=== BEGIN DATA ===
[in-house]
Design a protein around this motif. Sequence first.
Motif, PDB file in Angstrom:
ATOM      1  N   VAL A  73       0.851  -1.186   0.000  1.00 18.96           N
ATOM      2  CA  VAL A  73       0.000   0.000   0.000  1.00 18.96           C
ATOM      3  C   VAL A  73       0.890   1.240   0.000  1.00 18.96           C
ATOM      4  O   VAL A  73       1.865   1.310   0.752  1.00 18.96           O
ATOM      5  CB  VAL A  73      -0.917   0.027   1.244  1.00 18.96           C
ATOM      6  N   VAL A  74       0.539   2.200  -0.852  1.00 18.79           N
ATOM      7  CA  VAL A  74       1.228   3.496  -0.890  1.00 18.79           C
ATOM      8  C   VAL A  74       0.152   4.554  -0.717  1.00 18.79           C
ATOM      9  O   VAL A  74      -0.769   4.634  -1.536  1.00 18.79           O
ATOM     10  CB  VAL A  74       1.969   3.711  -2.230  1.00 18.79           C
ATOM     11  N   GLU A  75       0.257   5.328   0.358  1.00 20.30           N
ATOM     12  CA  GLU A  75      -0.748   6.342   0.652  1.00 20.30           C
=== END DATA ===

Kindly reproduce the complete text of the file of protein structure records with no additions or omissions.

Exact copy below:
[in-house]
Design a protein around this motif. Sequence first.
Motif, PDB file in Angstrom:
ATOM      1  N   VAL A  73       0.851  -1.186   0.000  1.00 18.96           N
ATOM      2  CA  VAL A  73       0.000   0.000   0.000  1.00 18.96           C
ATOM      3  C   VAL A  73       0.890   1.240   0.000  1.00 18.96           C
ATOM      4  O   VAL A  73       1.865   1.310   0.752  1.00 18.96           O
ATOM      5  CB  VAL A  73      -0.917   0.027   1.244  1.00 18.96           C
ATOM      6  N   VAL A  74       0.539   2.200  -0.852  1.00 18.79           N
ATOM      7  CA  VAL A  74       1.228   3.496  -0.890  1.00 18.79           C
ATOM      8  C   VAL A  74       0.152   4.554  -0.717  1.00 18.79           C
ATOM      9  O   VAL A  74      -0.769   4.634  -1.536  1.00 18.79           O
ATOM     10  CB  VAL A  74       1.969   3.711  -2.230  1.00 18.79           C
ATOM     11  N   GLU A  75       0.257   5.328   0.358  1.00 20.30           N
ATOM     12  CA  GLU A  75      -0.748   6.342   0.652  1.00 20.30           C